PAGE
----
What will I do differently? As a high school librarian, many of the students I work with have assistive technology in place by the time they reach grade 9.  I jump on board with whatever accommodations are requested.  I would like to be more involved in offering both hardware and software choices and recommendations that could assist these students. I did learn a lot about text-to-audio devices that can be beneficial to a number of students who have reading/writing disabilities or who read below grade level.  I plan on incorporating these selections into my library budget requests over the next few fiscal years.

2.  Do I recommend this tutorial? Yes, this tutorial in a blog format was easily accessible and helpful, but from time to time, the hyperlinks were not active and should be checked and updated.  I do feel that there is a lot more information out there, but these activities provided a solid overview.  I do wish that there was a tutorial directly related to library services and librarians.

3.  Recommended reading list:  I was happy to see a number of titles on the recommended reading list that I have read.  Some of the titles that I am familiar with that I readily recommend for YA readers include:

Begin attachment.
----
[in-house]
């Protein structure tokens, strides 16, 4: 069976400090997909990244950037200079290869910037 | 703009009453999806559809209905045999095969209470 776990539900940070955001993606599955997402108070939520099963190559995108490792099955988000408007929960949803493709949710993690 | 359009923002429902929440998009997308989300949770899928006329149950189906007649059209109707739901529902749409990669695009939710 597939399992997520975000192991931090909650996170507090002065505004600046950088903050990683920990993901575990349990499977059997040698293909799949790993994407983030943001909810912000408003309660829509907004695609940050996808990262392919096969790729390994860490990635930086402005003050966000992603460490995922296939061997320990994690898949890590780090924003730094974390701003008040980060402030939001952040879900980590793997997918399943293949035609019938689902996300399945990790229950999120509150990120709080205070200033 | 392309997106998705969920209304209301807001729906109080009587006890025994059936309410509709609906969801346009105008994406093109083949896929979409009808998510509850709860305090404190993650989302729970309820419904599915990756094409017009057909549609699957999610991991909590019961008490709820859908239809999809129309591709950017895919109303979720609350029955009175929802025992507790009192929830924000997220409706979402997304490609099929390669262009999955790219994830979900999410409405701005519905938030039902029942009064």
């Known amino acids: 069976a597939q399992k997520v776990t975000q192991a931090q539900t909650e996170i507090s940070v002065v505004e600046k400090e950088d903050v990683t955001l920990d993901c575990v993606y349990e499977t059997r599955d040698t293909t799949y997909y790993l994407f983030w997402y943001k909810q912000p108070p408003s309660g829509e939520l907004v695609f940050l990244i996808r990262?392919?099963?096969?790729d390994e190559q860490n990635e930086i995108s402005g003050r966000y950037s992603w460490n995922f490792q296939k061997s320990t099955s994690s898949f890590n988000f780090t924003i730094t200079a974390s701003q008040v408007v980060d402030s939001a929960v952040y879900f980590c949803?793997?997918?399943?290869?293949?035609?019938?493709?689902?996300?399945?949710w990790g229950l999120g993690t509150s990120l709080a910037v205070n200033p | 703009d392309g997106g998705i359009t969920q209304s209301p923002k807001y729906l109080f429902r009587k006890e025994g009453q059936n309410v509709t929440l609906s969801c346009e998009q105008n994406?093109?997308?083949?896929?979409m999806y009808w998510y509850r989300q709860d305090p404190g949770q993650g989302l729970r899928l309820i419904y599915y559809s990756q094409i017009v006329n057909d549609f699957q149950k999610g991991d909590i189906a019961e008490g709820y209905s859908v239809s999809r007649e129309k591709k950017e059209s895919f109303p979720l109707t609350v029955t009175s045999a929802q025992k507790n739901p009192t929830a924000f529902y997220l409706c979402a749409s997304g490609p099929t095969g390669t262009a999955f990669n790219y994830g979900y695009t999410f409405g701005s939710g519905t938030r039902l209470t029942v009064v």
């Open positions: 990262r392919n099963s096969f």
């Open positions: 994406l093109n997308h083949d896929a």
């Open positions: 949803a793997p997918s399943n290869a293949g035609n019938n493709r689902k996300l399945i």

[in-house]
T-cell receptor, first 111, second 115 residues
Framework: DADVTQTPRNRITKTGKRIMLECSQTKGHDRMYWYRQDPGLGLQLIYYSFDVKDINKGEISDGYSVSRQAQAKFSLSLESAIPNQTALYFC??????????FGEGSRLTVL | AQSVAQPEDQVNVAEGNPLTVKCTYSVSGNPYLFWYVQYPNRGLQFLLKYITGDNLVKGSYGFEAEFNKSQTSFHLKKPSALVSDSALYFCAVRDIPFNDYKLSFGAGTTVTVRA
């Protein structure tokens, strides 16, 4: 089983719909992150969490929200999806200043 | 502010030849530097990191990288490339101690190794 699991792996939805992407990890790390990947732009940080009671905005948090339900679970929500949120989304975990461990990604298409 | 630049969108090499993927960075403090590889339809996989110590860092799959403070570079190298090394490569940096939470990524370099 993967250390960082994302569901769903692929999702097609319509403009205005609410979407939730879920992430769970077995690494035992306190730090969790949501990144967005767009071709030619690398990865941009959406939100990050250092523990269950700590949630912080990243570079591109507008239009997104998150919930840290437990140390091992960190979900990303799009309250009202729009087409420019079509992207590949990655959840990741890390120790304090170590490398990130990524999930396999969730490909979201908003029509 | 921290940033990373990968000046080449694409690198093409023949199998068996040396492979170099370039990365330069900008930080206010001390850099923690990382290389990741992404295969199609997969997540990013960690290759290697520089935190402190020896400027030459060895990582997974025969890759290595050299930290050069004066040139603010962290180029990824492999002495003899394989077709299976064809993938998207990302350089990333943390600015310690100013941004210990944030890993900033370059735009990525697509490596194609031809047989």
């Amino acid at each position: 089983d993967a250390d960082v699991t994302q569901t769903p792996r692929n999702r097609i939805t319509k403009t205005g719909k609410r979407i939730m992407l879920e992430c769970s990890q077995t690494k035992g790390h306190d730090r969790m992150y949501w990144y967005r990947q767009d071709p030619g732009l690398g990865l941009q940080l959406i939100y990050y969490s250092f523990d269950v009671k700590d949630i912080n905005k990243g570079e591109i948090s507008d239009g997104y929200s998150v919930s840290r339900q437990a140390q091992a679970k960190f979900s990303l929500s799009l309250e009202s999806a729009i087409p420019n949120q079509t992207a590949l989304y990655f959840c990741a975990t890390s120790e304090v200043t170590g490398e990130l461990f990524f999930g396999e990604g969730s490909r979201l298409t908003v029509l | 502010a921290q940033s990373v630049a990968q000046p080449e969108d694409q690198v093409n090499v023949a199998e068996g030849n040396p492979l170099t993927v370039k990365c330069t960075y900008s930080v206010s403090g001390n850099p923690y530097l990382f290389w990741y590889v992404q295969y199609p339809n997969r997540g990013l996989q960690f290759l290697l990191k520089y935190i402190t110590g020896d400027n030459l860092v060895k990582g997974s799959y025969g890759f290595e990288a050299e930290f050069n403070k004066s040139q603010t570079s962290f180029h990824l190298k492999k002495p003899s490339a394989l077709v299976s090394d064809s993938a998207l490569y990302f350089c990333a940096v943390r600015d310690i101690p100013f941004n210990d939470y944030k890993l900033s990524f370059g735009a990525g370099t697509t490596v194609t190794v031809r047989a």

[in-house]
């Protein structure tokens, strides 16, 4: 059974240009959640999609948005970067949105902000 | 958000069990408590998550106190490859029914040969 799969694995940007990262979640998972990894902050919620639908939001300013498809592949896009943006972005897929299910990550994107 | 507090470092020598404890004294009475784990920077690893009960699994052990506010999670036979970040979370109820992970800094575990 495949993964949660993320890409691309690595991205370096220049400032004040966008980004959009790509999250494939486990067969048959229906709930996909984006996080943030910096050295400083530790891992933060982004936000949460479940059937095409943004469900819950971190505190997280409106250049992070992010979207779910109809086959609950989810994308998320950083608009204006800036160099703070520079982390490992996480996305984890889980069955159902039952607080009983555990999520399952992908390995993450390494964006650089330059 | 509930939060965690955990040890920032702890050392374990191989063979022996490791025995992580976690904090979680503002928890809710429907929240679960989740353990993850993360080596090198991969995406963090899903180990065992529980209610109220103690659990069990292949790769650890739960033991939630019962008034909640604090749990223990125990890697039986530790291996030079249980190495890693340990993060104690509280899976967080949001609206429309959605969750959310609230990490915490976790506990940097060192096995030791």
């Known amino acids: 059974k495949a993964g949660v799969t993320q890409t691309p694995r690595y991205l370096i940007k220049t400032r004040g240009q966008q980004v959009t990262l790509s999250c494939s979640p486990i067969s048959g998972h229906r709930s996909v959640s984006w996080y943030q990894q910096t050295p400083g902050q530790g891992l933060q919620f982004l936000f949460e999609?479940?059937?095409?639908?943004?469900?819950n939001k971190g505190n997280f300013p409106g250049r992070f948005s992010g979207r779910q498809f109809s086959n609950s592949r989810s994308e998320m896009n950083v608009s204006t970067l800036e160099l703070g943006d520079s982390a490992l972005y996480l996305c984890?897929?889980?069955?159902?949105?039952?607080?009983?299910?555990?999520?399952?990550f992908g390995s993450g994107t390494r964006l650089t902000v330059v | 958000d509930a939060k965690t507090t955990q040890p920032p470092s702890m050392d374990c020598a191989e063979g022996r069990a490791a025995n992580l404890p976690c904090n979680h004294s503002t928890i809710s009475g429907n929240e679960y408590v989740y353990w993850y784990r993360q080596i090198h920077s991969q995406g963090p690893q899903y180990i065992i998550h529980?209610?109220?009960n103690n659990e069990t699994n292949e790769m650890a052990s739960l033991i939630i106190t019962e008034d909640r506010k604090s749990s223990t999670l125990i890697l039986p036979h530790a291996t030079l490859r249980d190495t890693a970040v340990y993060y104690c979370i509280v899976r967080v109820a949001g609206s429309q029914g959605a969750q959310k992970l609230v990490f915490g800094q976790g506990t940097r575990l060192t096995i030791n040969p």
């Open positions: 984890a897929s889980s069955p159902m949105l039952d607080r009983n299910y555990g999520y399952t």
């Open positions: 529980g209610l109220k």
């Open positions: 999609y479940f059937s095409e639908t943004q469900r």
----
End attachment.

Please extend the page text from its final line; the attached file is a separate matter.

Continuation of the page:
A Book of a Thousand Days

Al Capone Does My Shirts

A Child Called It

The Crazy Horse

The Curious Incident of the Dog in the Night-Time

Flowers for Algernon

Freak the Mighty

The Giver


So Be It


Whale Talk


Readings Post December 8, 2009

Filed under: Uncategorized — aimeethompson99 @ 2:55 PM

Reading Reflection

Shelly Ch. 7

Evaluating Technology

One of the best resources I’ve found for providing useful evaluations of technology is through conferences and workshops.  Having the opportunity to trial technology tools and have colleagues provide personal accounts of the pros and cons if much more helpful than reading FAQs on a website or browsing catalogs.  Practical experience with technology in a classroom or library setting is exceptionally helpful in providing important feedback and perspective.

The listserve, MELIBS, that I subscribe to is also a helpful avenue for asking questions and opinions about technology in libraries.  The Shelly text recommends the EDTECH discussion list, which I haven’t tried before, but plan to.